In the U.S. figures are suggesting that restless office workers are looking for new job opportunities following the stasis of the pandemic. How has Covid changed the recruitment game in the UK? What can we do to attract and retain the brightest and best in a newly competitive jobs market?
For many workers Covid has meant uncertainty and furlough, but for others it’s meant remote working, a better life/work balance and a new attitude to ‘the office’. More time in control of our own schedules and more time on Zoom, has opened our minds to the pitfalls and opportunities of these new ways of working.
Many workers in the knowledge economy have felt Covid 19 was a wake up call for them; a time for reassessing what they really want from their jobs and their employers.
Is this the start of the ‘great resignation’?
Research in America has shown many workers are considering their options and planning to make their next job move. Reasons for wanting to shift employer include:
- Improved work-life balance (38%)
- Improved personal growth opportunities (34%)
- Better pay (50%)
- Being tired of working on the same projects (24%)
- Not feeling challenged professionally (23%)
What do workers really want?
A feeling of being ‘stuck’ pervades, which might reflect nearly two years of uncertainty and treading water. And while nearly every business has (by necessity) got better at supporting remote working during lockdown leading to some improvements in productivity, there is still a sense on all sides that too much separation from our colleagues has been a bad thing.
But adding to the confusion, it seems different groups of workers want different things from their future working lives:
- According to Locatee 47% of employees cite flexible working as a top priority
- But 50% of young people are worried too much remote working is a threat to job progression
To attract and retain staff right now, employers have got to focus on a working experience that supports everyone in every generation.
Workers are now calling the shots - employers are listening
In the UK, Bloomberg reports workers are demanding more of their employers and prospective employers, post Pandemic. They are asking for more flexibility in their working arrangements, more wellbeing support, and (sometimes) more money. Employers, worried about the expense and disruption of a ‘great resignation’ post-Covid are responding to these needs. They are prioritising incentives, worker wellness initiatives and the use of workplaces as a means of culture building to combat disengagement:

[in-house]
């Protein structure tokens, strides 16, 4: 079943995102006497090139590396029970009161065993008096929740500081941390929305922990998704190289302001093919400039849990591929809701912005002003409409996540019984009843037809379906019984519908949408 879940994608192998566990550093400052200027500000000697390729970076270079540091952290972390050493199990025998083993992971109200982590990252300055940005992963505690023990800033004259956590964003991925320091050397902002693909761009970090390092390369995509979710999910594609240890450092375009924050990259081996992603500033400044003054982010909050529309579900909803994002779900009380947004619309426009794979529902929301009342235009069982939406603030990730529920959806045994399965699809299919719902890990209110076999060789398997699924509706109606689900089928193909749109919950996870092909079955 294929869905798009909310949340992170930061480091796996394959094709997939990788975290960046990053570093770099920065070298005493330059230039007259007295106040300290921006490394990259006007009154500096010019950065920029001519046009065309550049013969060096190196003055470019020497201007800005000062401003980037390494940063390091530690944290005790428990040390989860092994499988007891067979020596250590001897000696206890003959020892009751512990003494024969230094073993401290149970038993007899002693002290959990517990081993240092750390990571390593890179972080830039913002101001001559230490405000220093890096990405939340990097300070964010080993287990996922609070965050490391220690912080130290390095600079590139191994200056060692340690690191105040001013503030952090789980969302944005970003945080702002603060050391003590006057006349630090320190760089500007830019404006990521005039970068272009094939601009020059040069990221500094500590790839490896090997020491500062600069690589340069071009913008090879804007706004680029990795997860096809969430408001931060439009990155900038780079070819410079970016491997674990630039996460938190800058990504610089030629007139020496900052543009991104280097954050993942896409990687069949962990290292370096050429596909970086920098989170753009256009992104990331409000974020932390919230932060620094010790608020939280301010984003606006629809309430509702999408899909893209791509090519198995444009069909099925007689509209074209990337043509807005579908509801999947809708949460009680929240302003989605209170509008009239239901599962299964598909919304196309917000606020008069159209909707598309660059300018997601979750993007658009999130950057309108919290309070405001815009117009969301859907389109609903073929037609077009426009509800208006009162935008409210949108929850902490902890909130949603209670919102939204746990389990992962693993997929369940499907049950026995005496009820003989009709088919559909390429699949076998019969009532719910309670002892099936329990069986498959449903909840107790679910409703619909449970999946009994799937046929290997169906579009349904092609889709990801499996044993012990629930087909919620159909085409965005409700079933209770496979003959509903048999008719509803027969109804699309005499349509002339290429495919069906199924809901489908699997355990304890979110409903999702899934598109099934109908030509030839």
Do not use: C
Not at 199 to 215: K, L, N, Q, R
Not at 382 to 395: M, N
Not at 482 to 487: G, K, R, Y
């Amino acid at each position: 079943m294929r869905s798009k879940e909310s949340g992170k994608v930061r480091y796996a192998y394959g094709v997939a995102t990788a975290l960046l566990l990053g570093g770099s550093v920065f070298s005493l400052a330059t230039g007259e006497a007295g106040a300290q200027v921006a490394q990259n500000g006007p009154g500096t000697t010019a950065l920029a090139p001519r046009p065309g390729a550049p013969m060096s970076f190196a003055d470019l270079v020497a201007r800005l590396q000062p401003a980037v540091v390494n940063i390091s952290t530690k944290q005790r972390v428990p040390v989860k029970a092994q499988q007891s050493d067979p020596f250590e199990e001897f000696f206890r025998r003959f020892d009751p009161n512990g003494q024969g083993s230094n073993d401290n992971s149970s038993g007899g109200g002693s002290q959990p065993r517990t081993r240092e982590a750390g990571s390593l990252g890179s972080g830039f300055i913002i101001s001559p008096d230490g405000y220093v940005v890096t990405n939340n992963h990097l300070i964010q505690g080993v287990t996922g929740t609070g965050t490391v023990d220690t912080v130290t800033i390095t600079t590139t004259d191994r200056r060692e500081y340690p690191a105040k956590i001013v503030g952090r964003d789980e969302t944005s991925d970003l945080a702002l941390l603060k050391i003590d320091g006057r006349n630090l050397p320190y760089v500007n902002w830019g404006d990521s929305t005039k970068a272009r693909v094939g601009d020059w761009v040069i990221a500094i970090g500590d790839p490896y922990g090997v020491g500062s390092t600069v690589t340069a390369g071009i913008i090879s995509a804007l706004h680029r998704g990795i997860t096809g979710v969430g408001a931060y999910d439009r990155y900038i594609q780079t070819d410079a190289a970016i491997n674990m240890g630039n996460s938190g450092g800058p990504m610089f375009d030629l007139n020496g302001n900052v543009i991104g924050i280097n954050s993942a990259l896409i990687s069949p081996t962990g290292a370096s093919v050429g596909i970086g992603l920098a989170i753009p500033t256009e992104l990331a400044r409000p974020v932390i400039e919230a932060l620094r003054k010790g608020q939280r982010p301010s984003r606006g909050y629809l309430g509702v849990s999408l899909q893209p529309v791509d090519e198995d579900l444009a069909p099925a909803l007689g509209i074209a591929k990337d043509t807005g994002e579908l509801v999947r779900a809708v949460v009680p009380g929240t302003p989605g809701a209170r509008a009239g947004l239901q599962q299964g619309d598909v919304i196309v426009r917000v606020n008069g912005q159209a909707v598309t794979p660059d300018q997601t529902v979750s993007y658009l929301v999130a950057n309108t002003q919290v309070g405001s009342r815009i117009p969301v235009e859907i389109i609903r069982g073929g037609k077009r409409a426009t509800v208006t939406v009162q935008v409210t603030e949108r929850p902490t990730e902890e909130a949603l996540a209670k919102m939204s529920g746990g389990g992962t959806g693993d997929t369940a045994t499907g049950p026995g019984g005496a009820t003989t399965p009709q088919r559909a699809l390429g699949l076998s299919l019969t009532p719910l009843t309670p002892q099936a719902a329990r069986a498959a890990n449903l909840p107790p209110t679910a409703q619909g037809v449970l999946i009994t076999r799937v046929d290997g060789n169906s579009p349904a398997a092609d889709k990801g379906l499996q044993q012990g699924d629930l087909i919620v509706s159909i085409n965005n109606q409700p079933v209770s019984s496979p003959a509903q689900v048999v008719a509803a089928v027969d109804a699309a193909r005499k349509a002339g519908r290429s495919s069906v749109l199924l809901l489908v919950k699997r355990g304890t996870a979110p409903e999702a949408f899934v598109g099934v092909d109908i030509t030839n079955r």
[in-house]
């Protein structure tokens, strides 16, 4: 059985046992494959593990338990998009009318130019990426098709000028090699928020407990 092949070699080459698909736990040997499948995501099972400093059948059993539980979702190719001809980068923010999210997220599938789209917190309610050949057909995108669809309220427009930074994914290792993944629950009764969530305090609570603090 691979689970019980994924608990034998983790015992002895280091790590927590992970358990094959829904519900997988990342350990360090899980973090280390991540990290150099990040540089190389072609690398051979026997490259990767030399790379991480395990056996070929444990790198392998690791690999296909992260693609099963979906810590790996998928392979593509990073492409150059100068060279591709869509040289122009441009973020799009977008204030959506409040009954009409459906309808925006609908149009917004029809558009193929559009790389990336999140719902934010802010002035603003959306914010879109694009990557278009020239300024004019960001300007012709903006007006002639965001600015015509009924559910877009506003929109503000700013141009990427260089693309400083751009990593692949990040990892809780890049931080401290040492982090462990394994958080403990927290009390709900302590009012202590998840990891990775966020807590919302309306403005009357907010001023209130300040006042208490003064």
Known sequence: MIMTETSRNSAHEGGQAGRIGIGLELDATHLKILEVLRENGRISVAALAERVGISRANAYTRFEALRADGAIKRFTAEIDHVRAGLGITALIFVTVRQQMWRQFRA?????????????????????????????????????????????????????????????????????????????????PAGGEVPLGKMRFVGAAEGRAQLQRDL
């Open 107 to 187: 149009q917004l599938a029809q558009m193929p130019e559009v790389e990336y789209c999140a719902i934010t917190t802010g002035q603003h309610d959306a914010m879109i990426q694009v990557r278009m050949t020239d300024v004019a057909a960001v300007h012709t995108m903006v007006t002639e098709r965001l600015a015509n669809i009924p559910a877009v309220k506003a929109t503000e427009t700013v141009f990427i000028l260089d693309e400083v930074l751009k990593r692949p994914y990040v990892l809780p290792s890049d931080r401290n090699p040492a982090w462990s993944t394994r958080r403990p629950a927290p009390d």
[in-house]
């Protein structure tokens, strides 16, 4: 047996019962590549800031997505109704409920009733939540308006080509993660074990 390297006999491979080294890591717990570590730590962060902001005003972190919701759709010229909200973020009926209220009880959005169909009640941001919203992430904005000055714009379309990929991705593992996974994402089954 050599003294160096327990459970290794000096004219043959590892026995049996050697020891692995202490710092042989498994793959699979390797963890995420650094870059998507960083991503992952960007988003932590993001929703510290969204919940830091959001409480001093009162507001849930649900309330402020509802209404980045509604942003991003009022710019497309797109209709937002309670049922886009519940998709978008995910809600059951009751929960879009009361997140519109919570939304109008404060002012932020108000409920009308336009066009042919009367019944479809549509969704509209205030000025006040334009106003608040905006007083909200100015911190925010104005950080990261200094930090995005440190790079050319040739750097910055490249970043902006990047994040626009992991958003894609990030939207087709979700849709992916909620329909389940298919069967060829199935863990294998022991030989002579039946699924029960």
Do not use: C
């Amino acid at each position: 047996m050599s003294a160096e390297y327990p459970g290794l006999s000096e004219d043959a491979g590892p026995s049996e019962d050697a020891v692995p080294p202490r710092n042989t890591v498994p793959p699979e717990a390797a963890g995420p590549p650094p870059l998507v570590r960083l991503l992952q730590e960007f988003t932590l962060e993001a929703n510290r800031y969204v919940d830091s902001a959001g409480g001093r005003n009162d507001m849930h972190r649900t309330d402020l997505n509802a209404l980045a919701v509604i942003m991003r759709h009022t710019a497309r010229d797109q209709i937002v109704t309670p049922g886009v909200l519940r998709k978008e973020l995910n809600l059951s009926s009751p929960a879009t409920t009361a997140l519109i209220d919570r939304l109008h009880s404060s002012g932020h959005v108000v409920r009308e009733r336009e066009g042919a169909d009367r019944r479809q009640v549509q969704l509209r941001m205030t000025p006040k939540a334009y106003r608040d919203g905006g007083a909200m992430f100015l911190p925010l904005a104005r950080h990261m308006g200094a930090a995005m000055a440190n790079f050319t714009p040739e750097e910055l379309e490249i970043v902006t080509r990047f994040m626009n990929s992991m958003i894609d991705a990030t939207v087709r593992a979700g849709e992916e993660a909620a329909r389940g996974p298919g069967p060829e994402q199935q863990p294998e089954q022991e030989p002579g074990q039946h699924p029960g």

- PwC are reportedly giving workers returning to the office a £1,000 bonus
- Goldman Sachs are offering free breakfast, lunch and ice-cream to returning teams
- Havas is promoting ‘Wellness Wednesday’ events in office to help workers benefit from a return to the workplace
The founder of workplace analytics firm Locatee, Thomas Kessler told Bloomberg: “Businesses run the risk of losing talent if they don’t offer some flexibility. But, on the other hand, workers “still want to feel part of a larger unit, surrounded (sometimes physically) by colleagues, and supported by the business.”
4 ways to attract and retain the best workers post-Covid
1. The office is back - make sure it’s worth coming back to
As September dawned, reports from London suggested a surge in commuters coming back to the office. On the 6th September almost 2m contactless “tap-ins” were recorded across the tube and bus network in London, with traffic across the network rising by 17% from the previous week.
The media reported palpable excitement for some commuters anxious to reconnect with colleagues and work together again.
But are you ready to greet those coming back to the workplace with a better experience?
Offices are now places loaded with expectation.
- Are they comfortable places to work - ergonomic, easy to reconfigure to suit hot deskers?
- Can they flex with worker needs - can we move easily between solo work and collaboration?
- Can we easily access power and wifi in the office wherever we are?
2. Hybrid is here to stay - choice is critical for workers
Almost half of all employees now prioritise flexibility in their job hunt and employment decisions.
When it comes to tech and our terms of employment we need to be as flexible as possible to get the most out of workers.